Thirty two years ago, the much anticipated Centenary Test at Lord’s petered out into a dull draw. Arunabha Sengupta revisits the match which had beckoned stars of the yesteryear from far and wide, and was also the last Test described by the voice of John Arlott from the commentary box.
It was supposed to recapture the magic of the 1977 thriller played at the Melbourne Cricket Ground (MCG). The Australians had won that one by 45 runs – in a marvel of serendipity the same margin as the very Test match 100 years ago that they had been commemorating.
The two sides met at Lord’s, towards the fag end of the summer of 1980, to mark the 100th anniversary of their first encounter in England. Reminiscences beckoned and the glow of the past attracted names from farthest corners of the world and from hazily remembered chapters of Ashes history.
Percy Fender, 88 years of age, made it to the stands as did Stork Hendry, three years his junior, a survivor of the famous 1921 team of Warwick Armstrong. The Q Stand – now the Allen Stand – was reserved throughout for the legends of yesteryear, and as one walked by, eyes rolled and jaws hung open at the sight of the pantheon of over 200 former greats who discussed the intricacies of the game in little groups.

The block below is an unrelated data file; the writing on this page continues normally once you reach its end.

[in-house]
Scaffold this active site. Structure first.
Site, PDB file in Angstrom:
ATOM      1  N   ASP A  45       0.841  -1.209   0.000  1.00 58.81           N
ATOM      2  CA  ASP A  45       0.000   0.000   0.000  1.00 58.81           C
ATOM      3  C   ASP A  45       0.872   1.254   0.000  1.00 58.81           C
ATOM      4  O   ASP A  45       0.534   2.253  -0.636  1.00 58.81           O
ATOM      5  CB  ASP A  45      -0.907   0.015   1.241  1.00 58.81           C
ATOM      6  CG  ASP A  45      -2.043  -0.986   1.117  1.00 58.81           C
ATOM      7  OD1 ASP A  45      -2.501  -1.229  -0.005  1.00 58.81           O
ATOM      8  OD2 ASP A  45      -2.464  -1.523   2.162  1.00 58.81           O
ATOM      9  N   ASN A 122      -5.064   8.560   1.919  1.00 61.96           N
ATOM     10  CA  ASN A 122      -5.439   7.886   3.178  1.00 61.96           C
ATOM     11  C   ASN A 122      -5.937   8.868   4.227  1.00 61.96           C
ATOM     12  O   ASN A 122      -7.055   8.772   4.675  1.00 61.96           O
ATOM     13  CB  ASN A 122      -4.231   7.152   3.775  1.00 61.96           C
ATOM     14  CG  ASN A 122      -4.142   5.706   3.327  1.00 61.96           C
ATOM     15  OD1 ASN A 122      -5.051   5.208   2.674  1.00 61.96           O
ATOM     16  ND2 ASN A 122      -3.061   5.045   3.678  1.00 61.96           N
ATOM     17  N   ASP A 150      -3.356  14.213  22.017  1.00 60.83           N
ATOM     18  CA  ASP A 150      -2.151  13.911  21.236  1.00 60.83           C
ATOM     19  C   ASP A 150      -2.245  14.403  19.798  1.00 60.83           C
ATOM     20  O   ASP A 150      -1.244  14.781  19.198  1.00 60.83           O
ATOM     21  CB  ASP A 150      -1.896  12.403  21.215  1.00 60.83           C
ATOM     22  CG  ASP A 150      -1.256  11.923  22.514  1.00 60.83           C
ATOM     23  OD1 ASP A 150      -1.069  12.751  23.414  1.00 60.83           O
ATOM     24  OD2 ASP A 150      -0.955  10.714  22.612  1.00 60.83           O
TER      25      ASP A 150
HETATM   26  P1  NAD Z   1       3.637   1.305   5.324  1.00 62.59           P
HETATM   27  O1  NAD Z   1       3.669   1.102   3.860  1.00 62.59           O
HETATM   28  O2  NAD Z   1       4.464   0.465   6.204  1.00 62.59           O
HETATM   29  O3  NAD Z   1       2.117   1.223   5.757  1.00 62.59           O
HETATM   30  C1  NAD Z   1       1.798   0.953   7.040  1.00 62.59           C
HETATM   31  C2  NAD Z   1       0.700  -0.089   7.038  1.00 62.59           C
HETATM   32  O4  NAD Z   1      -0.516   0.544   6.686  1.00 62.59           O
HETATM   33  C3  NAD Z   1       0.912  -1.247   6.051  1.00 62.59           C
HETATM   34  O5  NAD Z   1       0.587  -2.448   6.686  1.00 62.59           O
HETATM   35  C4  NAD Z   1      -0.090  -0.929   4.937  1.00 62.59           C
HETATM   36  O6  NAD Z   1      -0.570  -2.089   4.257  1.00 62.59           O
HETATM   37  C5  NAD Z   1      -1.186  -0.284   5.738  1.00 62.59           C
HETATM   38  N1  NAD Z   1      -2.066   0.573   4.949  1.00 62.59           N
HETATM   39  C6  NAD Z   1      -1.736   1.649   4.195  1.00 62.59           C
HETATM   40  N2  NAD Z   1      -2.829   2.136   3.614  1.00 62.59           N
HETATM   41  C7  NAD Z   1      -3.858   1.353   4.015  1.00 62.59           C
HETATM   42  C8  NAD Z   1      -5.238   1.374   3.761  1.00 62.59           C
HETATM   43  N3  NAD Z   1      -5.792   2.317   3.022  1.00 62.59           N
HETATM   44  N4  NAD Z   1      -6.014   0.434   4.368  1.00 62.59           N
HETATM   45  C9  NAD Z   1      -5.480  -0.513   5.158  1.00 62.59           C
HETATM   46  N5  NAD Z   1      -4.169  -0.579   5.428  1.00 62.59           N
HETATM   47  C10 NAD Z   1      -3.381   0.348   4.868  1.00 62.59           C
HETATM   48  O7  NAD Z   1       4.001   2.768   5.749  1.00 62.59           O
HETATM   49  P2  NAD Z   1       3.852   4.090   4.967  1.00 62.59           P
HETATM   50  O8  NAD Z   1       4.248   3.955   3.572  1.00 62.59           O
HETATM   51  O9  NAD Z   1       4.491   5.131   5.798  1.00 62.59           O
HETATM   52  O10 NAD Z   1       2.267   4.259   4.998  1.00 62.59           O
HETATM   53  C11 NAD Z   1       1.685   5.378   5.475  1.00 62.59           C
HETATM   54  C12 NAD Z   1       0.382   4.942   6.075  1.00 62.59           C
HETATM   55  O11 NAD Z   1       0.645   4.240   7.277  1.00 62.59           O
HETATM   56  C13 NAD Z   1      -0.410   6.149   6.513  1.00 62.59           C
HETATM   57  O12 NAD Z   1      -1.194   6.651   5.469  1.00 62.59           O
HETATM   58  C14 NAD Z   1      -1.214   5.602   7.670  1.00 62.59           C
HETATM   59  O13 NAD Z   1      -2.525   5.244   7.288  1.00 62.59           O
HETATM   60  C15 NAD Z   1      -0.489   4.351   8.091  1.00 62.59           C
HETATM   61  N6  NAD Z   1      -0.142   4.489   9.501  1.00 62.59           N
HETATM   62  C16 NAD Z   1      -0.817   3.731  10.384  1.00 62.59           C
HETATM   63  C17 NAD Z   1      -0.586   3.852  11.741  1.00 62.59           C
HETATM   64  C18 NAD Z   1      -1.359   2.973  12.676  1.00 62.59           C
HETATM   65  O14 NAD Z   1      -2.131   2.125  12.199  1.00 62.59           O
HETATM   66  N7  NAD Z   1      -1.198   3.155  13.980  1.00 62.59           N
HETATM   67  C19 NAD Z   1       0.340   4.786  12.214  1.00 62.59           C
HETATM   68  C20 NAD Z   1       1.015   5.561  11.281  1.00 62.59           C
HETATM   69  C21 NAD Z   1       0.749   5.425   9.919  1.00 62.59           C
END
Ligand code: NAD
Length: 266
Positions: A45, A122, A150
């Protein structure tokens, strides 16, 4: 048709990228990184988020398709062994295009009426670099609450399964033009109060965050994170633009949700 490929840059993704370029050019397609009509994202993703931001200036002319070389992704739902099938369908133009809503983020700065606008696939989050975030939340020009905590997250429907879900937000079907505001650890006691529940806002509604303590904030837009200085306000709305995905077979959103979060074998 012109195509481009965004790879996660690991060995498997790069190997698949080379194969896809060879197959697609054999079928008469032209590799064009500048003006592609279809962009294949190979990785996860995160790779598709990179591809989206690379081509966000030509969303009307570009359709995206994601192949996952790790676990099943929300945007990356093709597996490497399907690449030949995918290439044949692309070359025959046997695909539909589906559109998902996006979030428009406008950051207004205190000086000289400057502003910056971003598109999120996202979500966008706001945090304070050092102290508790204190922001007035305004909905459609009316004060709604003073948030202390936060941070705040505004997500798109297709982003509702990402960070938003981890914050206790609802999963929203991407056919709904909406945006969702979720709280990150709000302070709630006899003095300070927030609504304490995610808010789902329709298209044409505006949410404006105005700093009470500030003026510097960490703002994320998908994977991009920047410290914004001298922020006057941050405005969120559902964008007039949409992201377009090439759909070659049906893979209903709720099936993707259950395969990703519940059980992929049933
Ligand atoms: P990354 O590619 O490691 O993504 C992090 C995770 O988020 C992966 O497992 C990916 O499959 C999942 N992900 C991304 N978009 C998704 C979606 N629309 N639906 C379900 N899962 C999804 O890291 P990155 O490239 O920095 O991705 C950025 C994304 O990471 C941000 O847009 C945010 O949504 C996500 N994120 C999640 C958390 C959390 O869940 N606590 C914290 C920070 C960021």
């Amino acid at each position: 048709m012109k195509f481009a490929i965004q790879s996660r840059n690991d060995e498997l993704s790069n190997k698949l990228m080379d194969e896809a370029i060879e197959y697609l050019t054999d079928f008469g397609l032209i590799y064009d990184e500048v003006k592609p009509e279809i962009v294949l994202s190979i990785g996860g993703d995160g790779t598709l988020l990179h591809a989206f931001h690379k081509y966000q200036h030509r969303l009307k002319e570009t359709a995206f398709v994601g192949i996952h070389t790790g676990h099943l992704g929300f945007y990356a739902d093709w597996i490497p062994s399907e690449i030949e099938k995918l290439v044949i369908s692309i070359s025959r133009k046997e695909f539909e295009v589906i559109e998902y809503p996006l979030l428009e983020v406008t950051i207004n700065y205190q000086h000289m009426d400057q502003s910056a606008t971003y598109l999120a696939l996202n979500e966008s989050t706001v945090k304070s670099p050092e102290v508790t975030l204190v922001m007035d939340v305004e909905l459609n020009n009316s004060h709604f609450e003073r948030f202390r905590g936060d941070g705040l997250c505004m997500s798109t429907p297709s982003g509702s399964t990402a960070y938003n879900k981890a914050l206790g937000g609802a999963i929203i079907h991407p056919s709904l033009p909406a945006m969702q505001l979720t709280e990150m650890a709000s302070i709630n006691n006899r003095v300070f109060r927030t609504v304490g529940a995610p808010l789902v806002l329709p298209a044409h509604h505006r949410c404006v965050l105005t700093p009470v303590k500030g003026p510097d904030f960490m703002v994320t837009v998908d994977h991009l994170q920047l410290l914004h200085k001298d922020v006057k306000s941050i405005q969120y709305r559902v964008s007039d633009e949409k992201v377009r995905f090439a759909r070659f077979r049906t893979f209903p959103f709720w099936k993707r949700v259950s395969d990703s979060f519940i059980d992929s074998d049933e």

Alas, the match itself, dampened by weather, did not come remotely close to rising up to the occasion. Ten hours were lost to incessant rain, with only 75 minutes of cricket was possible on the second day. Neither was the home team too keen on playing exciting cricket.
Kim Hughes, though, brought back memories of the kind of cricket played by the great amateurs, who blazed across cricket fields following their romantic flights of fancy. Attacking with a spirit of unbridled adventure, he battled the bowling and interruptions with a flashing blade to score 117 with 14 fours and three sixes.
Plagued by the rain, Greg Chappell declared the Australian innings 385 for five towards the end of the third day.
Interruptions, a knock on the head and a pulled tie
Unfortunately, the third day will be remembered more for the fracas involving mismanagement and angry MCC members than for the dazzling display by Hughes.
A dry night had raised hopes of an on-time start. However, a two-hour downpour in the morning washed away much of the optimism.